“I need to get out of here!” It’s a feeling shared by teenagers almost daily that is expressed loudly to anyone within earshot. And “here” is wherever you are at the moment — home, school, community. Just about anywhere else would be better than where you are.
Perhaps you recognize the symptoms. It seems the older you get the more claustrophobic your world becomes. Everybody is in your business and you need space. You’re ready for a new look, a change of scenery. And right about now, college seems like an inviting destination.
As eager as you might be to get up and go, though, the chances are there is a quiet voice inside you (never to be heard by anyone else!) that says something like, “I’m not sure I want to go. They feed me and let me drive their car. Besides, my friends are right around the corner. I actually have a good life here. Do I really have to leave?”
The answer is “yes.” At some point, you will need to find a change of address. And, if that place will be a college, why not find one that bears the qualities you like in your home environment — a place that includes people with shared values and interests, a place where people will encourage you on bad days and celebrate with you on good days? Why not find a community into which you can settle comfortably?
The best college fit will be a place that offers a community in which you will feel comfortable.
It will be a place where you won’t be distracted by worries about how you fit in. You won’t worry about what people think about you — how you talk, what you say, how you dress, or what you think. You won’t have to prove yourself to anyone. Instead, you can relax and focus on getting the most out of your college experience, and that includes, by the way, your academic work. There is a strong correlation between one’s comfort level in college and one’s grade point average!
So, how do you find such a place?
It’s hard to search the Internet for such a fit. Chat room conversations can be deceptive as they tend to reflect only the opinions of those who participate. And the images you see on videos and in printed materials are rarely unattractive.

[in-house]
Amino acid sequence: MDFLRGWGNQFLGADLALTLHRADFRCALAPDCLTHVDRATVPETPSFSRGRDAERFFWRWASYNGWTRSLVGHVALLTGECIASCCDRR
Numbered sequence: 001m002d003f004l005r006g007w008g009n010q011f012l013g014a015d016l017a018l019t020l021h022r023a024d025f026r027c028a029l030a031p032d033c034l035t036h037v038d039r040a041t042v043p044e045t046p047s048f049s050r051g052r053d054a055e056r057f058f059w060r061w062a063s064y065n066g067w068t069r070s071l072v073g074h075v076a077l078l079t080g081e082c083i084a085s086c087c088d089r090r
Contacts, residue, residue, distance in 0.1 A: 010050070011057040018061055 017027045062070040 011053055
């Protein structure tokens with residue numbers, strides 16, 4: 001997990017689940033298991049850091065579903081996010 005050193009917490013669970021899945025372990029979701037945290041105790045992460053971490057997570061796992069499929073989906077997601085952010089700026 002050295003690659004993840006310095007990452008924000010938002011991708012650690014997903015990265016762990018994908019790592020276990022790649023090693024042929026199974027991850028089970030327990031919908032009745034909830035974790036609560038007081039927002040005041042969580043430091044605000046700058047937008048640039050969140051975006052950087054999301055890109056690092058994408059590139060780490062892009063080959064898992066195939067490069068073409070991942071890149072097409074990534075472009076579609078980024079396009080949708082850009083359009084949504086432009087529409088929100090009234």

As a result, you will need to do some original research. Specifically, you need to experience college campuses and, in the process, be sensitive to your “gut” reactions. Quite often students who believe they’ve found the colleges of their dreams are hard-pressed to explain the attraction, except to say, “It’s a gut feeling. It feels right — like I would be at home.” As you think about living apart from the comforts of home, finding your niche is vitally important! So let your gut go to work for you.
What “gut feeling” do you hope to find as you look at colleges?
Look for students who come from similar backgrounds — who share your interests and your loyalties. While they shouldn’t be exact clones of your friends from home, it’s a good sign if they are people from whom you can learn, and around whom you can grow personally. In all likelihood, your gut will tell you when you have found people you’d like to get to know better.
Moreover, what does your gut tell you about a college’s inclination to stretch and support you through various aspects of your college experience? Do you sense that people in a given environment will encourage and support you in your journey of self-discovery? Based on your experience on college campuses, where do you see evidence that interaction with others will help broaden your perspective—get you to take risks and think outside the box periodically? What does your gut tell you about how an environment will respond if you struggle? Will anyone know? Will anyone care?
The answers to these questions will help define the ideal college community for you. At a time in your life when you might be aching to get away and have a different experience, it’s vital that you “land” well when you get to college. Be careful not to react impulsively, then, as you consider your college “home away from home.” Be sure to test your reactions. Until you can experience such a place first hand and come away with a really strong, positive “gut feeling,” that feeling only exists in your imagination. Be prepared to visit campuses—and revisit and revise your list accordingly—as your college search continues until the day you know the place that feels right for you because it feels like home!
Article by Peter Van Buskirk, Director of Student Advocacy at Revolution Prep